Speeding the Pace of Influenza Vaccine Development

Ingrid Hein

September 02, 2016

In influenza research, the gap between phase 1 clinical trials conducted to demonstrate the safety and immunogenicity of a vaccine and large efficacy trials involving tens of thousands of people is too long, according to researchers.

"This is holding back the development of novel influenza vaccines," Sarah Gilbert, PhD, from the University of Oxford, United Kingdom, said at the Options for the Control of Influenza 2016 Conference in Chicago.

There is another way to go about testing influenza vaccines, she told Medscape Medical News.

"What I'm proposing is a change to the clinical end point in influenza vaccine efficacy trials conducted for initial proof of concept of the protective efficacy," she explained.

Currently, to show efficacy in the field, patients are vaccinated with either the vaccine or placebo. During the following influenza season, participants report cases of influenza-like illness, and the influenza virus is verified with polymerase chain reaction (PCR) testing of nasal swabs.

The studies have to be large to detect a decrease in the vaccine group because the number of positive identifications in the placebo group will be low.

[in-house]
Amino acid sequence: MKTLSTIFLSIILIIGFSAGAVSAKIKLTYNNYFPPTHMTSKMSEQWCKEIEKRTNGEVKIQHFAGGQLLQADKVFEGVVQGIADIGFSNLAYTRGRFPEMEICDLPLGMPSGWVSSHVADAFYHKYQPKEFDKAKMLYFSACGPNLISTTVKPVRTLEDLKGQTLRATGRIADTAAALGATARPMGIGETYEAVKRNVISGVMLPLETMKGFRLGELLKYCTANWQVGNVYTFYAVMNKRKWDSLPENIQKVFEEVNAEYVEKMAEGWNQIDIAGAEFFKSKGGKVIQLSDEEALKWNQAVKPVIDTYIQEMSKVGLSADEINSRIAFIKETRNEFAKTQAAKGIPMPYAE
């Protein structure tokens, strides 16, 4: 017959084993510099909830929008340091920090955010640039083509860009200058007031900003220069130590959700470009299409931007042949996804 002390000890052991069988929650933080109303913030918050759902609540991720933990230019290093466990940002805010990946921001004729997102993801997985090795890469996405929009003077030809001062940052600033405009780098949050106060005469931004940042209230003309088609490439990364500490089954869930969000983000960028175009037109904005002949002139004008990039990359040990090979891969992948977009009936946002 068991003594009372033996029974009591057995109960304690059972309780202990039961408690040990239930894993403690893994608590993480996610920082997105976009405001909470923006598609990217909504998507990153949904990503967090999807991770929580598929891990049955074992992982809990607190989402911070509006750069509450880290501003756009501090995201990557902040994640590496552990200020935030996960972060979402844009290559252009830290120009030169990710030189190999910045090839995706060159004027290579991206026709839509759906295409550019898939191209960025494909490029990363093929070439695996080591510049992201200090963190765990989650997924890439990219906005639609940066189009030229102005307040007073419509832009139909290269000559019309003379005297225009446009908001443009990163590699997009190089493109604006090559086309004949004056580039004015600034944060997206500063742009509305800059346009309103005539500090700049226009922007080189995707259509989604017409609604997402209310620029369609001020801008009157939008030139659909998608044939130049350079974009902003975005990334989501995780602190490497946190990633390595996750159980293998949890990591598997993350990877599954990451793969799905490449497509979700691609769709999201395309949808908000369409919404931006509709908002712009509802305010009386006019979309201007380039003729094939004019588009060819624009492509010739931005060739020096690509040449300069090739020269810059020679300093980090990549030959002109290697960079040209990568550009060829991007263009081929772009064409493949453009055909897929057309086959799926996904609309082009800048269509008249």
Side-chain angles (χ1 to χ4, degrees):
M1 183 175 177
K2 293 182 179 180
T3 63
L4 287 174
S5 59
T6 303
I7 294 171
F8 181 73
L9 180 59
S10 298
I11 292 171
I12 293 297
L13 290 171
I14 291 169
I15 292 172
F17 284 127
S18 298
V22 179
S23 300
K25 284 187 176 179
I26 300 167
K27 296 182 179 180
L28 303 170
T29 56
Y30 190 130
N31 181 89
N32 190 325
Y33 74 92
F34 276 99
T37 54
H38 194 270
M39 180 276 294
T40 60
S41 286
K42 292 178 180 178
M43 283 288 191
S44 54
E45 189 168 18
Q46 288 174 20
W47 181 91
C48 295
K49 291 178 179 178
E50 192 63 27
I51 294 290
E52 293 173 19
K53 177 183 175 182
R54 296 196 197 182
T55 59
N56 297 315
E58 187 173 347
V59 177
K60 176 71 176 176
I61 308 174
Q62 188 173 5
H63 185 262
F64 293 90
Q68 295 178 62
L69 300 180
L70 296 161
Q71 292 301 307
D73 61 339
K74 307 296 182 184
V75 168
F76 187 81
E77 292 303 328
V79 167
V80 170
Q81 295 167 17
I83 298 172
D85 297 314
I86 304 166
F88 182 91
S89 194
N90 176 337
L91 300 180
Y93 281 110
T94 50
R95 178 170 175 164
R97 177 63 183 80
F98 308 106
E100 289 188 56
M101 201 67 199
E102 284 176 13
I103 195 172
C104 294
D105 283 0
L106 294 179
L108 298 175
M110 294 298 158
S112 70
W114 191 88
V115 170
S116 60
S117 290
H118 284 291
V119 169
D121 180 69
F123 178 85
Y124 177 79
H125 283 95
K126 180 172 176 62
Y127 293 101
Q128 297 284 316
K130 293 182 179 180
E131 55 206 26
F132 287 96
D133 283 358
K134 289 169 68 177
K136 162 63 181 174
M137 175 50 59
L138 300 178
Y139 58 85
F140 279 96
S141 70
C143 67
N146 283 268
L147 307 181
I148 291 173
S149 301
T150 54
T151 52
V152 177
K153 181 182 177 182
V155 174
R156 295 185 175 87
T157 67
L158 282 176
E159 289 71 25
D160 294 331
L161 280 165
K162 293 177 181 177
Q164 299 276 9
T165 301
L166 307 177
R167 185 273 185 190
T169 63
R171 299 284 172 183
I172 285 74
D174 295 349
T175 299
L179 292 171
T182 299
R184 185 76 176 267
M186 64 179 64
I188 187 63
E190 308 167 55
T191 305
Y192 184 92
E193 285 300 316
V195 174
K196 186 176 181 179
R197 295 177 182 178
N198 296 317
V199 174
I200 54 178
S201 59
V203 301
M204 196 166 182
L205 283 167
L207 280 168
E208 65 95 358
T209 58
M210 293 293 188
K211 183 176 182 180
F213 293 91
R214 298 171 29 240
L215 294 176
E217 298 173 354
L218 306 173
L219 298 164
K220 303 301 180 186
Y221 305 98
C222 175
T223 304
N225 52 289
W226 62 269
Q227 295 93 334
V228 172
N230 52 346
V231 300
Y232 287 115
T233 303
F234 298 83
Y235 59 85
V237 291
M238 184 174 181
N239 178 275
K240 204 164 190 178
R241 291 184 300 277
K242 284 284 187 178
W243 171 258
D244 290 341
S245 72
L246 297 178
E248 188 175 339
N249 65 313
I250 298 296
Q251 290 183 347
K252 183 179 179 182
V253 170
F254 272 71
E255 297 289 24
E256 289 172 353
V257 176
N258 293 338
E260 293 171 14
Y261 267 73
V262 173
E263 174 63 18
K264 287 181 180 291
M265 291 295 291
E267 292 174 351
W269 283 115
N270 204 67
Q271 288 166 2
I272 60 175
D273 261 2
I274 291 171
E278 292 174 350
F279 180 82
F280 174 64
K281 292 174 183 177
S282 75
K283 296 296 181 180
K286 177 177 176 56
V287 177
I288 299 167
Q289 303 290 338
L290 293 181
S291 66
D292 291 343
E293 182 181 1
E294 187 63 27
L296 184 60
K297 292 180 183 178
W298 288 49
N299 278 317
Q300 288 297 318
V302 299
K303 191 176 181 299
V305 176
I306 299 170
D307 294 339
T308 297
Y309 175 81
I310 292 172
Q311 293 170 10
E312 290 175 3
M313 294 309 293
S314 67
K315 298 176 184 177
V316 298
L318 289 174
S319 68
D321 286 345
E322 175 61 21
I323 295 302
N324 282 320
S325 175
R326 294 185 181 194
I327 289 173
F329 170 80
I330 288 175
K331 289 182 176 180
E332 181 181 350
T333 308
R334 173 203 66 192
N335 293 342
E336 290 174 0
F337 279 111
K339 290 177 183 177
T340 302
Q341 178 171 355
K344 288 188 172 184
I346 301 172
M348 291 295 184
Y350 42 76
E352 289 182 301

"It requires a minimum of 30,000 people to get statistically significant results, and often requires 70,000," Dr Gilbert said. If you need that many people to study vaccine efficacy, it becomes expensive. And if there aren't many infections that season, the study will be underpowered, she pointed out.

In the approach proposed by Dr Gilbert, researchers would conduct a small cost-effective clinical trial with about 2000 patients after initial safety and immunogenicity testing. They would compare the number of influenza-like illnesses that occurred during the influenza season in the vaccine and placebo groups.

Large trials are a big roadblock for vaccine development.

Only about half the illnesses will be caused by influenza, but if the vaccine is highly effective, the difference in the number of infections between the vaccine group and the placebo group will be large enough to detect. The researchers could also cross-reference their findings with independently collected data from the weeks when influenza is circulating in the study areas, and analyze all the results from just that time period.

The idea for this type of study arose when Dr Gilbert and her team were reviewing data from the large, multiyear Flu Watch Study of people who did and did not receive the seasonal influenza vaccine. The data showed that PRC-confirmed influenza is very rare in people older than 65 years, which makes this end point impractical for early efficacy studies.

The research team used the data from that study to conduct a novel phase 2b trial in which the number of influenza-like illnesses was the primary end point.

Although an influenza challenge study provided preliminary evidence of the vaccine's efficacy in healthy adults 18 to 45 years of age — the cohort least likely to suffer from severe disease or death after infection with the influenza virus — fewer than half the people in the placebo group became infected, making it difficult to detect efficacy.